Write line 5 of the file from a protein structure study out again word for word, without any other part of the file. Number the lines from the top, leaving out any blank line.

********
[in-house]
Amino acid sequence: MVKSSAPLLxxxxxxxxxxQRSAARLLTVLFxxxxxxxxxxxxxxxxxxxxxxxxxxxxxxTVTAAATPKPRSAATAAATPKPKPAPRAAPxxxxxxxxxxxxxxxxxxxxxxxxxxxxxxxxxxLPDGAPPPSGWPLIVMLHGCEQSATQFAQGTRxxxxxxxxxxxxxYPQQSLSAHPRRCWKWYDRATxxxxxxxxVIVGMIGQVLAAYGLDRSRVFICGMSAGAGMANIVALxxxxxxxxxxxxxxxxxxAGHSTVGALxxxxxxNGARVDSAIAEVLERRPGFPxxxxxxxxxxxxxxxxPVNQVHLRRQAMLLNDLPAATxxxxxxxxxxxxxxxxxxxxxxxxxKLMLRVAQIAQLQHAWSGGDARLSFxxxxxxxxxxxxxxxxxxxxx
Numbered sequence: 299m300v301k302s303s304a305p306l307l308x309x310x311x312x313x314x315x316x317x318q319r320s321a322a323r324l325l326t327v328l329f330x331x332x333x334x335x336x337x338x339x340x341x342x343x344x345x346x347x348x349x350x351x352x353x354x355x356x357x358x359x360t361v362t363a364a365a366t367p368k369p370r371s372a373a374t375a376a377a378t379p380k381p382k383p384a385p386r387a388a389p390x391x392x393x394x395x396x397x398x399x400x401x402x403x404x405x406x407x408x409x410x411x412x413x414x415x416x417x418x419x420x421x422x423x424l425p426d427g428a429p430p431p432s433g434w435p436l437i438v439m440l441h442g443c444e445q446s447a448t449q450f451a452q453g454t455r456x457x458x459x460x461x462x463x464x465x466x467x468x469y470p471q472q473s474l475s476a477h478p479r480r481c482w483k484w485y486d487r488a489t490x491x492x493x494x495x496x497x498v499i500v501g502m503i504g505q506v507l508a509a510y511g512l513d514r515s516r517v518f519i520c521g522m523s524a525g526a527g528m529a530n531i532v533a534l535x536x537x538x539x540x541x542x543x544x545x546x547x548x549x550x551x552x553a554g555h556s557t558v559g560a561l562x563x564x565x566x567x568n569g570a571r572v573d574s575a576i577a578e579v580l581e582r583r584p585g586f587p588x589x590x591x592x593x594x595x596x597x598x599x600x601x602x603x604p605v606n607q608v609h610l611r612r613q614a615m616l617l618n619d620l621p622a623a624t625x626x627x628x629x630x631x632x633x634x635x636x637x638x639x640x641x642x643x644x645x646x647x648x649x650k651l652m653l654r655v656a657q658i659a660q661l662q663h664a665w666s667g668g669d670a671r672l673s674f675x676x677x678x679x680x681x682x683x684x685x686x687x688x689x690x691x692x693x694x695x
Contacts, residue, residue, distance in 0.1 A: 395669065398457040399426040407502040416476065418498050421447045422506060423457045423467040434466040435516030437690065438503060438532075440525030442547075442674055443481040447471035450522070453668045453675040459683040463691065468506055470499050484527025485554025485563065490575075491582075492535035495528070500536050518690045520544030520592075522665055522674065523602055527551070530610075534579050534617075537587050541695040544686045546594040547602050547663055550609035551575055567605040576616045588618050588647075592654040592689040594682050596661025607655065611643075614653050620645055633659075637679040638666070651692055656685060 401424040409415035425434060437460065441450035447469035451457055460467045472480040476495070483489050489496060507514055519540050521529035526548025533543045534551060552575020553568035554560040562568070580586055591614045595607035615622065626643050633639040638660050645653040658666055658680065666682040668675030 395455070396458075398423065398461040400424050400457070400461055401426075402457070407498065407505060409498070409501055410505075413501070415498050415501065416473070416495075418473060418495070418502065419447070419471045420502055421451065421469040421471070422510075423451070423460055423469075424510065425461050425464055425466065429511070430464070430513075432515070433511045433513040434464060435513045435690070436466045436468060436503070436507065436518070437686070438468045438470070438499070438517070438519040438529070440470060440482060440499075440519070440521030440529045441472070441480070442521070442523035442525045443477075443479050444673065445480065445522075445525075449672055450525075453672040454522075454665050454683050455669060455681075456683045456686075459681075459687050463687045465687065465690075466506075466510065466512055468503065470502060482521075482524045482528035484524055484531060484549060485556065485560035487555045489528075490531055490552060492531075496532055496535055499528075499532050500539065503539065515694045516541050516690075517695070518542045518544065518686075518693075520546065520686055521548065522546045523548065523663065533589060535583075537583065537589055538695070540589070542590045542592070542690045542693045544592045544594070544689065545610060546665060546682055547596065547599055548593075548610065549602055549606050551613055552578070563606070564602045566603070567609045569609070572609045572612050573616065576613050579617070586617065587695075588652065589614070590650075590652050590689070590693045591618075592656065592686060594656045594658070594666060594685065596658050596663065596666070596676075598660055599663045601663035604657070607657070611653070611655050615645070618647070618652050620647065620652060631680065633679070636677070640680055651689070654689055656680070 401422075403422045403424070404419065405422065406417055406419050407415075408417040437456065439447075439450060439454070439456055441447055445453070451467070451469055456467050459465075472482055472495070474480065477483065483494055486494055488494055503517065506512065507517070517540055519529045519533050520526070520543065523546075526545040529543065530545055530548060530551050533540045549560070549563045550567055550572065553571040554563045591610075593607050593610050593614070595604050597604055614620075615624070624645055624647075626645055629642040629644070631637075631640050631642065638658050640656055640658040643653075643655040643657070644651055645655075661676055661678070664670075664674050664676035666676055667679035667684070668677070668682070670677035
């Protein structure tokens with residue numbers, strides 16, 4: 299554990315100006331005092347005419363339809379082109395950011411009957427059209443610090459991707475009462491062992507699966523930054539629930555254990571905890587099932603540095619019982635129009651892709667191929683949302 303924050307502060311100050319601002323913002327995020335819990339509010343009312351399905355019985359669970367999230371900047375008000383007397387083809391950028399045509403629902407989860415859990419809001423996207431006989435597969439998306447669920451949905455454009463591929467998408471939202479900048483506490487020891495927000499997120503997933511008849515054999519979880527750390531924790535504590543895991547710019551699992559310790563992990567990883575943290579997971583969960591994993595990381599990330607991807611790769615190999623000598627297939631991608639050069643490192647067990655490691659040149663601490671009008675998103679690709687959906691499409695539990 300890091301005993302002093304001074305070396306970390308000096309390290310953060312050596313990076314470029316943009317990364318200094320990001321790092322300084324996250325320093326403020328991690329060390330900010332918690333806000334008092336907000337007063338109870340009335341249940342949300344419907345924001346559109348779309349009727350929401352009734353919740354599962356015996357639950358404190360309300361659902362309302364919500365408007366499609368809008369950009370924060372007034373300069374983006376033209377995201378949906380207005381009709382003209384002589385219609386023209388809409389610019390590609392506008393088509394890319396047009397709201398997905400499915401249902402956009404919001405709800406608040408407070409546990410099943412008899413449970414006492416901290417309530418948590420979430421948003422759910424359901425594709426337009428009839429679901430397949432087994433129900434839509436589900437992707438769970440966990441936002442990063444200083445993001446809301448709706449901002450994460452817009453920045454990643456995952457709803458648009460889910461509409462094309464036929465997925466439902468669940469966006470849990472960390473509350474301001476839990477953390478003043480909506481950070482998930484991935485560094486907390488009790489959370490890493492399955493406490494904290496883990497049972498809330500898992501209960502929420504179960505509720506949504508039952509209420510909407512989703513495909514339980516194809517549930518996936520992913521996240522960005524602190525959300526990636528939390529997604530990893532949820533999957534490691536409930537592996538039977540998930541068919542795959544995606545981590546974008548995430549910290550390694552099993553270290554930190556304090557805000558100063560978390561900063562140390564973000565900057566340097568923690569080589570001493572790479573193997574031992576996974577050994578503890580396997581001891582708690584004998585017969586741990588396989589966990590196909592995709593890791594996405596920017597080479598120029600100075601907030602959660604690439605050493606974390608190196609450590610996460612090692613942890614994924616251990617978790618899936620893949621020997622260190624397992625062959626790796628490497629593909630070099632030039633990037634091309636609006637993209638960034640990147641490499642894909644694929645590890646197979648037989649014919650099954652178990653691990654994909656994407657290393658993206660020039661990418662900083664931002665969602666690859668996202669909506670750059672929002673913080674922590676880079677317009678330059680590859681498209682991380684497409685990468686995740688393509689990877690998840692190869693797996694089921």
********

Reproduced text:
């Protein structure tokens with residue numbers, strides 16, 4: 299554990315100006331005092347005419363339809379082109395950011411009957427059209443610090459991707475009462491062992507699966523930054539629930555254990571905890587099932603540095619019982635129009651892709667191929683949302 303924050307502060311100050319601002323913002327995020335819990339509010343009312351399905355019985359669970367999230371900047375008000383007397387083809391950028399045509403629902407989860415859990419809001423996207431006989435597969439998306447669920451949905455454009463591929467998408471939202479900048483506490487020891495927000499997120503997933511008849515054999519979880527750390531924790535504590543895991547710019551699992559310790563992990567990883575943290579997971583969960591994993595990381599990330607991807611790769615190999623000598627297939631991608639050069643490192647067990655490691659040149663601490671009008675998103679690709687959906691499409695539990 300890091301005993302002093304001074305070396306970390308000096309390290310953060312050596313990076314470029316943009317990364318200094320990001321790092322300084324996250325320093326403020328991690329060390330900010332918690333806000334008092336907000337007063338109870340009335341249940342949300344419907345924001346559109348779309349009727350929401352009734353919740354599962356015996357639950358404190360309300361659902362309302364919500365408007366499609368809008369950009370924060372007034373300069374983006376033209377995201378949906380207005381009709382003209384002589385219609386023209388809409389610019390590609392506008393088509394890319396047009397709201398997905400499915401249902402956009404919001405709800406608040408407070409546990410099943412008899413449970414006492416901290417309530418948590420979430421948003422759910424359901425594709426337009428009839429679901430397949432087994433129900434839509436589900437992707438769970440966990441936002442990063444200083445993001446809301448709706449901002450994460452817009453920045454990643456995952457709803458648009460889910461509409462094309464036929465997925466439902468669940469966006470849990472960390473509350474301001476839990477953390478003043480909506481950070482998930484991935485560094486907390488009790489959370490890493492399955493406490494904290496883990497049972498809330500898992501209960502929420504179960505509720506949504508039952509209420510909407512989703513495909514339980516194809517549930518996936520992913521996240522960005524602190525959300526990636528939390529997604530990893532949820533999957534490691536409930537592996538039977540998930541068919542795959544995606545981590546974008548995430549910290550390694552099993553270290554930190556304090557805000558100063560978390561900063562140390564973000565900057566340097568923690569080589570001493572790479573193997574031992576996974577050994578503890580396997581001891582708690584004998585017969586741990588396989589966990590196909592995709593890791594996405596920017597080479598120029600100075601907030602959660604690439605050493606974390608190196609450590610996460612090692613942890614994924616251990617978790618899936620893949621020997622260190624397992625062959626790796628490497629593909630070099632030039633990037634091309636609006637993209638960034640990147641490499642894909644694929645590890646197979648037989649014919650099954652178990653691990654994909656994407657290393658993206660020039661990418662900083664931002665969602666690859668996202669909506670750059672929002673913080674922590676880079677317009678330059680590859681498209682991380684497409685990468686995740688393509689990877690998840692190869693797996694089921």